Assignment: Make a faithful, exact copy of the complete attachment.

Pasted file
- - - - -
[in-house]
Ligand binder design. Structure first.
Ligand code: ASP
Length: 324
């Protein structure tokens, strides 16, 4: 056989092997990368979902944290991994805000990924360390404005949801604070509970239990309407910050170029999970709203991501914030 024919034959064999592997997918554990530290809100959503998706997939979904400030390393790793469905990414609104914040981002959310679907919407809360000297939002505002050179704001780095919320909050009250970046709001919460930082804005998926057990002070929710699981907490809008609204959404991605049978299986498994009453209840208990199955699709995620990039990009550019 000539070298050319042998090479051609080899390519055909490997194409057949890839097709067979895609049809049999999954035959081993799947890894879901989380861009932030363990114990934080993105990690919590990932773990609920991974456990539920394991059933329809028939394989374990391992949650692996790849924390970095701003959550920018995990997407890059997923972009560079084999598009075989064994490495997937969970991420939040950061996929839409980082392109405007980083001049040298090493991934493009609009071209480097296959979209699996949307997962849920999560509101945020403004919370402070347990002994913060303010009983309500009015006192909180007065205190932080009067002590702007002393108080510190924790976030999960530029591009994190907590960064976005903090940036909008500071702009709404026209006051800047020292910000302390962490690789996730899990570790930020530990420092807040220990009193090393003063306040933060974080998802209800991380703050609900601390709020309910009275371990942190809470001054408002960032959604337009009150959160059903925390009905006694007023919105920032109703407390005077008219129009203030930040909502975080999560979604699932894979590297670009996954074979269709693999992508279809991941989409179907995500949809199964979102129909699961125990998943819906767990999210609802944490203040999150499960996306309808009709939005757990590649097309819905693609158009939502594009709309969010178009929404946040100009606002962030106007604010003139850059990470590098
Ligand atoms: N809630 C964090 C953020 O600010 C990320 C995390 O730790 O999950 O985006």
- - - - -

[in-house]
Ligand binder design. Structure first.
Ligand code: ASP
Length: 324
């Protein structure tokens, strides 16, 4: 056989092997990368979902944290991994805000990924360390404005949801604070509970239990309407910050170029999970709203991501914030 024919034959064999592997997918554990530290809100959503998706997939979904400030390393790793469905990414609104914040981002959310679907919407809360000297939002505002050179704001780095919320909050009250970046709001919460930082804005998926057990002070929710699981907490809008609204959404991605049978299986498994009453209840208990199955699709995620990039990009550019 000539070298050319042998090479051609080899390519055909490997194409057949890839097709067979895609049809049999999954035959081993799947890894879901989380861009932030363990114990934080993105990690919590990932773990609920991974456990539920394991059933329809028939394989374990391992949650692996790849924390970095701003959550920018995990997407890059997923972009560079084999598009075989064994490495997937969970991420939040950061996929839409980082392109405007980083001049040298090493991934493009609009071209480097296959979209699996949307997962849920999560509101945020403004919370402070347990002994913060303010009983309500009015006192909180007065205190932080009067002590702007002393108080510190924790976030999960530029591009994190907590960064976005903090940036909008500071702009709404026209006051800047020292910000302390962490690789996730899990570790930020530990420092807040220990009193090393003063306040933060974080998802209800991380703050609900601390709020309910009275371990942190809470001054408002960032959604337009009150959160059903925390009905006694007023919105920032109703407390005077008219129009203030930040909502975080999560979604699932894979590297670009996954074979269709693999992508279809991941989409179907995500949809199964979102129909699961125990998943819906767990999210609802944490203040999150499960996306309808009709939005757990590649097309819905693609158009939502594009709309969010178009929404946040100009606002962030106007604010003139850059990470590098
Ligand atoms: N809630 C964090 C953020 O600010 C990320 C995390 O730790 O999950 O985006």